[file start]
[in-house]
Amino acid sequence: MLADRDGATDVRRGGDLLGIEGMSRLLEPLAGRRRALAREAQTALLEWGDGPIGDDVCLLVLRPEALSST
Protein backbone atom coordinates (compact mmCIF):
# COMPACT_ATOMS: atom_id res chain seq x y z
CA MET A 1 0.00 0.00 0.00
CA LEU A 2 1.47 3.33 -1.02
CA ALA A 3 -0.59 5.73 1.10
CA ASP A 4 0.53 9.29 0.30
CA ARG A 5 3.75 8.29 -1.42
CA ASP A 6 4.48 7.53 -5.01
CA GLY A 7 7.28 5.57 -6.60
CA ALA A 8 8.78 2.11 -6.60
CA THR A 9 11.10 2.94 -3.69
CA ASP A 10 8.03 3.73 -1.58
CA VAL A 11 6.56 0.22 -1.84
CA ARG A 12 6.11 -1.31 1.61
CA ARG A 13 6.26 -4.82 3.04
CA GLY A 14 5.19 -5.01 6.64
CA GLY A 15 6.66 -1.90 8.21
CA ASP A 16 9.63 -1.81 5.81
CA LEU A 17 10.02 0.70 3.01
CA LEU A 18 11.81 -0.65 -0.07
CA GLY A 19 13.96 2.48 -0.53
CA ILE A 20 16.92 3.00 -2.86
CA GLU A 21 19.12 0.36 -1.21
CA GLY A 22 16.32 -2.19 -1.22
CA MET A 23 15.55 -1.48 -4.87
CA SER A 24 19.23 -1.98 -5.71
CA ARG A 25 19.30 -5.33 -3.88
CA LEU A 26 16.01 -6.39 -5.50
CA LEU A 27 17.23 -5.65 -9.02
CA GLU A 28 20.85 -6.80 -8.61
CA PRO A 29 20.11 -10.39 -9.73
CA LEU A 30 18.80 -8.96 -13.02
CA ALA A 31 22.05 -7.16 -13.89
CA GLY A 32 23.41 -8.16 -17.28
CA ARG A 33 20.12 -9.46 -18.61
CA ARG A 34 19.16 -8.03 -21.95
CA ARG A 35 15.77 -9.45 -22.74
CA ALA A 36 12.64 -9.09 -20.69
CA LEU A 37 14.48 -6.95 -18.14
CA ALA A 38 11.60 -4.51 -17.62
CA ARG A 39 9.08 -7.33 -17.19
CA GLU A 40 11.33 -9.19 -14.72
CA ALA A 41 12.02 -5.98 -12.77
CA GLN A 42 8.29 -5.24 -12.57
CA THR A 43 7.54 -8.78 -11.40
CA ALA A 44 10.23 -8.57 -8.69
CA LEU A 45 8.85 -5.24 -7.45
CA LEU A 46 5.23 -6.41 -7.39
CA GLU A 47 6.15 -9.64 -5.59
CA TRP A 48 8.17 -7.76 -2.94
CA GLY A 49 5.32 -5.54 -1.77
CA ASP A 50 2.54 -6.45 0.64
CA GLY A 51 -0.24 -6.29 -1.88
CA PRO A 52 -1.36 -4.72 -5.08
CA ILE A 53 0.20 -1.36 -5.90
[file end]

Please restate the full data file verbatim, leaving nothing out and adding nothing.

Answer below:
[in-house]
Amino acid sequence: MLADRDGATDVRRGGDLLGIEGMSRLLEPLAGRRRALAREAQTALLEWGDGPIGDDVCLLVLRPEALSST
Protein backbone atom coordinates (compact mmCIF):
# COMPACT_ATOMS: atom_id res chain seq x y z
CA MET A 1 0.00 0.00 0.00
CA LEU A 2 1.47 3.33 -1.02
CA ALA A 3 -0.59 5.73 1.10
CA ASP A 4 0.53 9.29 0.30
CA ARG A 5 3.75 8.29 -1.42
CA ASP A 6 4.48 7.53 -5.01
CA GLY A 7 7.28 5.57 -6.60
CA ALA A 8 8.78 2.11 -6.60
CA THR A 9 11.10 2.94 -3.69
CA ASP A 10 8.03 3.73 -1.58
CA VAL A 11 6.56 0.22 -1.84
CA ARG A 12 6.11 -1.31 1.61
CA ARG A 13 6.26 -4.82 3.04
CA GLY A 14 5.19 -5.01 6.64
CA GLY A 15 6.66 -1.90 8.21
CA ASP A 16 9.63 -1.81 5.81
CA LEU A 17 10.02 0.70 3.01
CA LEU A 18 11.81 -0.65 -0.07
CA GLY A 19 13.96 2.48 -0.53
CA ILE A 20 16.92 3.00 -2.86
CA GLU A 21 19.12 0.36 -1.21
CA GLY A 22 16.32 -2.19 -1.22
CA MET A 23 15.55 -1.48 -4.87
CA SER A 24 19.23 -1.98 -5.71
CA ARG A 25 19.30 -5.33 -3.88
CA LEU A 26 16.01 -6.39 -5.50
CA LEU A 27 17.23 -5.65 -9.02
CA GLU A 28 20.85 -6.80 -8.61
CA PRO A 29 20.11 -10.39 -9.73
CA LEU A 30 18.80 -8.96 -13.02
CA ALA A 31 22.05 -7.16 -13.89
CA GLY A 32 23.41 -8.16 -17.28
CA ARG A 33 20.12 -9.46 -18.61
CA ARG A 34 19.16 -8.03 -21.95
CA ARG A 35 15.77 -9.45 -22.74
CA ALA A 36 12.64 -9.09 -20.69
CA LEU A 37 14.48 -6.95 -18.14
CA ALA A 38 11.60 -4.51 -17.62
CA ARG A 39 9.08 -7.33 -17.19
CA GLU A 40 11.33 -9.19 -14.72
CA ALA A 41 12.02 -5.98 -12.77
CA GLN A 42 8.29 -5.24 -12.57
CA THR A 43 7.54 -8.78 -11.40
CA ALA A 44 10.23 -8.57 -8.69
CA LEU A 45 8.85 -5.24 -7.45
CA LEU A 46 5.23 -6.41 -7.39
CA GLU A 47 6.15 -9.64 -5.59
CA TRP A 48 8.17 -7.76 -2.94
CA GLY A 49 5.32 -5.54 -1.77
CA ASP A 50 2.54 -6.45 0.64
CA GLY A 51 -0.24 -6.29 -1.88
CA PRO A 52 -1.36 -4.72 -5.08
CA ILE A 53 0.20 -1.36 -5.90